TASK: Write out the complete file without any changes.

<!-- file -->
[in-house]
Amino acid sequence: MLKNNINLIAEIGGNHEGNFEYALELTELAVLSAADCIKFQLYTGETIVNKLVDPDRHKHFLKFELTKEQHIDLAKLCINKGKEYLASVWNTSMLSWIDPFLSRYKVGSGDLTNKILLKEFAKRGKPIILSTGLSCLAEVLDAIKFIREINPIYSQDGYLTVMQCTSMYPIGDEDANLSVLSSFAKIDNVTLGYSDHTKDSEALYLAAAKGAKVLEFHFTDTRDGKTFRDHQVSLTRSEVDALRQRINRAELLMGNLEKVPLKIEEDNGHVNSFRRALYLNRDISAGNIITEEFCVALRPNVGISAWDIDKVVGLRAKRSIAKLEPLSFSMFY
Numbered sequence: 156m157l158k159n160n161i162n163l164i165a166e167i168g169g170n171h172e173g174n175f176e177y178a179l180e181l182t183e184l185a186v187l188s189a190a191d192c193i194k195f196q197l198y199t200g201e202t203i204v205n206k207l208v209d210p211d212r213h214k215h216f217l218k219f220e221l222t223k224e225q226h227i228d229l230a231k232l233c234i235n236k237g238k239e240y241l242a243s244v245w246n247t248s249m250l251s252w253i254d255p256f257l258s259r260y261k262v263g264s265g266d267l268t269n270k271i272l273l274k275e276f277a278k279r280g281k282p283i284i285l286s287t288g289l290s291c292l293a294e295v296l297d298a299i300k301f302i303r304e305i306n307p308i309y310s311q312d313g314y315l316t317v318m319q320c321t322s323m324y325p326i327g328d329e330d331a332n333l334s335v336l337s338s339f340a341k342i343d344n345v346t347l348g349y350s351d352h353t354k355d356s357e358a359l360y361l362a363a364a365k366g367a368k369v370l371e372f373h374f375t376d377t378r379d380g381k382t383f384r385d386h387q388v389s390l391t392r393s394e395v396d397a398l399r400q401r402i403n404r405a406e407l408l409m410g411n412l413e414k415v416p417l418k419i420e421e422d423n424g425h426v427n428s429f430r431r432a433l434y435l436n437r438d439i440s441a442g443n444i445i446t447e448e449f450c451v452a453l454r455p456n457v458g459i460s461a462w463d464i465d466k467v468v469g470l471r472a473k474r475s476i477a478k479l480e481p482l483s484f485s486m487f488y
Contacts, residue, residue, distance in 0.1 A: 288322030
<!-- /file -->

[in-house]
Amino acid sequence: MLKNNINLIAEIGGNHEGNFEYALELTELAVLSAADCIKFQLYTGETIVNKLVDPDRHKHFLKFELTKEQHIDLAKLCINKGKEYLASVWNTSMLSWIDPFLSRYKVGSGDLTNKILLKEFAKRGKPIILSTGLSCLAEVLDAIKFIREINPIYSQDGYLTVMQCTSMYPIGDEDANLSVLSSFAKIDNVTLGYSDHTKDSEALYLAAAKGAKVLEFHFTDTRDGKTFRDHQVSLTRSEVDALRQRINRAELLMGNLEKVPLKIEEDNGHVNSFRRALYLNRDISAGNIITEEFCVALRPNVGISAWDIDKVVGLRAKRSIAKLEPLSFSMFY
Numbered sequence: 156m157l158k159n160n161i162n163l164i165a166e167i168g169g170n171h172e173g174n175f176e177y178a179l180e181l182t183e184l185a186v187l188s189a190a191d192c193i194k195f196q197l198y199t200g201e202t203i204v205n206k207l208v209d210p211d212r213h214k215h216f217l218k219f220e221l222t223k224e225q226h227i228d229l230a231k232l233c234i235n236k237g238k239e240y241l242a243s244v245w246n247t248s249m250l251s252w253i254d255p256f257l258s259r260y261k262v263g264s265g266d267l268t269n270k271i272l273l274k275e276f277a278k279r280g281k282p283i284i285l286s287t288g289l290s291c292l293a294e295v296l297d298a299i300k301f302i303r304e305i306n307p308i309y310s311q312d313g314y315l316t317v318m319q320c321t322s323m324y325p326i327g328d329e330d331a332n333l334s335v336l337s338s339f340a341k342i343d344n345v346t347l348g349y350s351d352h353t354k355d356s357e358a359l360y361l362a363a364a365k366g367a368k369v370l371e372f373h374f375t376d377t378r379d380g381k382t383f384r385d386h387q388v389s390l391t392r393s394e395v396d397a398l399r400q401r402i403n404r405a406e407l408l409m410g411n412l413e414k415v416p417l418k419i420e421e422d423n424g425h426v427n428s429f430r431r432a433l434y435l436n437r438d439i440s441a442g443n444i445i446t447e448e449f450c451v452a453l454r455p456n457v458g459i460s461a462w463d464i465d466k467v468v469g470l471r472a473k474r475s476i477a478k479l480e481p482l483s484f485s486m487f488y
Contacts, residue, residue, distance in 0.1 A: 288322030